Situated in the tranquil periphery of Sogang University is Soomdo, a combination reading room, cafe, and art gallery.
By Meagan Mastriani
Last Sunday found me where most Sundays find me — in the charming collegiate neighborhood known as Hongdae, searching for a cozy nook to have a hot drink. In the streets surrounding Hongik University, there are so many cafes it seems impossible that they could all fill up. But that’s exactly what happened. There was not an empty chair for blocks. As my friend and I wandered in the cold from one place to the next, we were turned away again and again. Beginning to feel like tramps, we left Hongdae in search of greener (less crowded) pastures.
It’s hard to believe that only a few subway stops down, near neighboring Sogang University, the streets could be so much calmer. Despite being physically surrounded by several major college hotspots, Sogang remains a refuge of peace and quiet. It’s like the eye of the storm. And it’s there that we finally found a cafe with open doors, empty chairs, and much more.
Situated in the tranquil periphery of Sogang University is Soomdo, a combination reading room, cafe, and art gallery. The name “Soomdo” literally means “Soom Island,” an apt label for a peaceful place detached from the surrounding chaos. The hushed voices, pristine bookshelves, and refined design elements make Soomdo a sophisticated, mature haven. It feels worlds apart from the chatty teen scene of nearby Hongdae.
Soomdo’s multifunctional space is divided into three sections — the no-talking-allowed Book Gallery, the cafe (called CITA), and the art gallery. In addition to rotating art exhibitions, Soomdo hosts events like film screenings, book club meetings, and lectures. There are also special meditation and conference rooms available for rent on the seventh floor. Soomdo is clearly much more than just a cafe. But between you and me, I have a feeling that it’s actually CITA’s glass case full of tarts that brings in most of Soomdo’s visitors.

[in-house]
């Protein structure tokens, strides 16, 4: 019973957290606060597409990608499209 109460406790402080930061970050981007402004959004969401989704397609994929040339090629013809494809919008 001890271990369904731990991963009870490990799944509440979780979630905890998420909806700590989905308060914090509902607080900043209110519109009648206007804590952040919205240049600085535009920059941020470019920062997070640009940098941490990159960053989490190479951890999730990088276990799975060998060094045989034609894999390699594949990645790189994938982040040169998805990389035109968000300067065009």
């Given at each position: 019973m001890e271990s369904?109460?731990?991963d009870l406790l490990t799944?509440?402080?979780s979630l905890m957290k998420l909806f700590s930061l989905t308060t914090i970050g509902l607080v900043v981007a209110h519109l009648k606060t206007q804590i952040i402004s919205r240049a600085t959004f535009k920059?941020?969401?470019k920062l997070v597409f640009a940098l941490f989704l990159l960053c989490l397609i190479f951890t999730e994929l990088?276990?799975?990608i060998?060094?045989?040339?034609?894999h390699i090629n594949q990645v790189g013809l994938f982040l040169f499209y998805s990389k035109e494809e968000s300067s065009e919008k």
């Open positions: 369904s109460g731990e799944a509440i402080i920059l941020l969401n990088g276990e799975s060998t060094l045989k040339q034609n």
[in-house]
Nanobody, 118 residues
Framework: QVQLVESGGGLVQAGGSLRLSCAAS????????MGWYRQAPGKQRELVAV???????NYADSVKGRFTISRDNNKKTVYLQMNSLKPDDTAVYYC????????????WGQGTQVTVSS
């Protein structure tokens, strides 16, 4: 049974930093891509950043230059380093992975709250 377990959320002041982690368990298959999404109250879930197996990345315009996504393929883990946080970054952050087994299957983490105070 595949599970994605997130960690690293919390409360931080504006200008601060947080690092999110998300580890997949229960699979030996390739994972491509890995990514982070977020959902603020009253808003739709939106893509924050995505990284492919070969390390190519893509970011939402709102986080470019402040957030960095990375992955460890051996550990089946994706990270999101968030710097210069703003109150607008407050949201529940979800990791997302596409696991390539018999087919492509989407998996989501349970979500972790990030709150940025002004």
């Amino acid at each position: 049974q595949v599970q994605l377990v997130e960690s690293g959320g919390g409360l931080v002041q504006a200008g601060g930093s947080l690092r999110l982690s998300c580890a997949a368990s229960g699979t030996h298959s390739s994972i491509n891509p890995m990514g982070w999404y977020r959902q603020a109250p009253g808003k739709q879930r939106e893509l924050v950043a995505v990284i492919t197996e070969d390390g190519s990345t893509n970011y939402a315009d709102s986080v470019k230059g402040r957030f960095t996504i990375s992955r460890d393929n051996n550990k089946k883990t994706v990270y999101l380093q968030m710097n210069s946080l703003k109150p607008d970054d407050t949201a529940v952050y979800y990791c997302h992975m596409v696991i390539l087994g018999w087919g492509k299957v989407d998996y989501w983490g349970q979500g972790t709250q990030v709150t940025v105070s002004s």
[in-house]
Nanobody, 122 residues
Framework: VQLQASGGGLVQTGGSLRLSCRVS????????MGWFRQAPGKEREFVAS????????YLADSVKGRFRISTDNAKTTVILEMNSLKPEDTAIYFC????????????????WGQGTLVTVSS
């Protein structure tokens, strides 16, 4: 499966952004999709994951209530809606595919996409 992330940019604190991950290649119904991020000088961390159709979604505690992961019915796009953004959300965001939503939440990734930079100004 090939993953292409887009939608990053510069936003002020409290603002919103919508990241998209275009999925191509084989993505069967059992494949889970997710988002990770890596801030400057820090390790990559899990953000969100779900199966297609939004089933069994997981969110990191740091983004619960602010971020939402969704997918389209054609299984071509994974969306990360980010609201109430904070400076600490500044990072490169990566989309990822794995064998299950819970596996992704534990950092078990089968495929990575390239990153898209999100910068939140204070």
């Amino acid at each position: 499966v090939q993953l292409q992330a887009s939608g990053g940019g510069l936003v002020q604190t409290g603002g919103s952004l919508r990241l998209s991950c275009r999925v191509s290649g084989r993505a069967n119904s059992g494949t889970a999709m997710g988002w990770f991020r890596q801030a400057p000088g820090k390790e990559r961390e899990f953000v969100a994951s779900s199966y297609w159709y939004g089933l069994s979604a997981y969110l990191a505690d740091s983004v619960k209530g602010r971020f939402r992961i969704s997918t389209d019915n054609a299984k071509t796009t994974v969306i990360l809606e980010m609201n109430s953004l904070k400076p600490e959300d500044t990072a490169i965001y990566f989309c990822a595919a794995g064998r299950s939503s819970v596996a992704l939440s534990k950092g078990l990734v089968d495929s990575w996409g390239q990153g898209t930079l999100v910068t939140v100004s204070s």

CITA is well-known for its gorgeous pastries, created by the head chef who studied at Le Cordon Blue in France. The first time I tried one, I was with a friend who happens to be a master baker. She’s a whiz in the kitchen and quite finicky when it comes to pastries. I was eager to see her reaction to CITA’s famously delicious tarts, worried that they might not be up to her standards. But after trying just one bite of my blueberry tart, she sent me a message a few days later to say she could not stop thinking about it. We had to go back for more. During our second visit, I ordered the banana tart. A few days after, I was the one who sent her a message to say I couldn’t stop thinking about it.
We both agreed that it’s the buttery, crisp crusts that really make CITA’s tarts. It’s not always easy to find a bakery in Seoul that uses real butter, but it makes all the difference. We also relished the small and unexpected touches, like the almond flakes hidden in the blueberry tart and the pistachio bits sprinkled atop the apricot tart. Given the quality of the ingredients, CITA’s pastries are a rare find and a good deal, too. A large slice of tart ranges from about 4,500 won to 5,500 won (roughly $5US).
It would take a lot of visits to try every tart at CITA, but I have a feeling my friend and I might just do it. We’ve resolved to make our Soomdo visits a tradition. Rather than agonizing over this crowded cafe or that, we’ll instead wring our hands over the brownie cheesecake or the linzer tart. For we know that Soomdo’s always got room for us, and we’ve always got room for their pastries.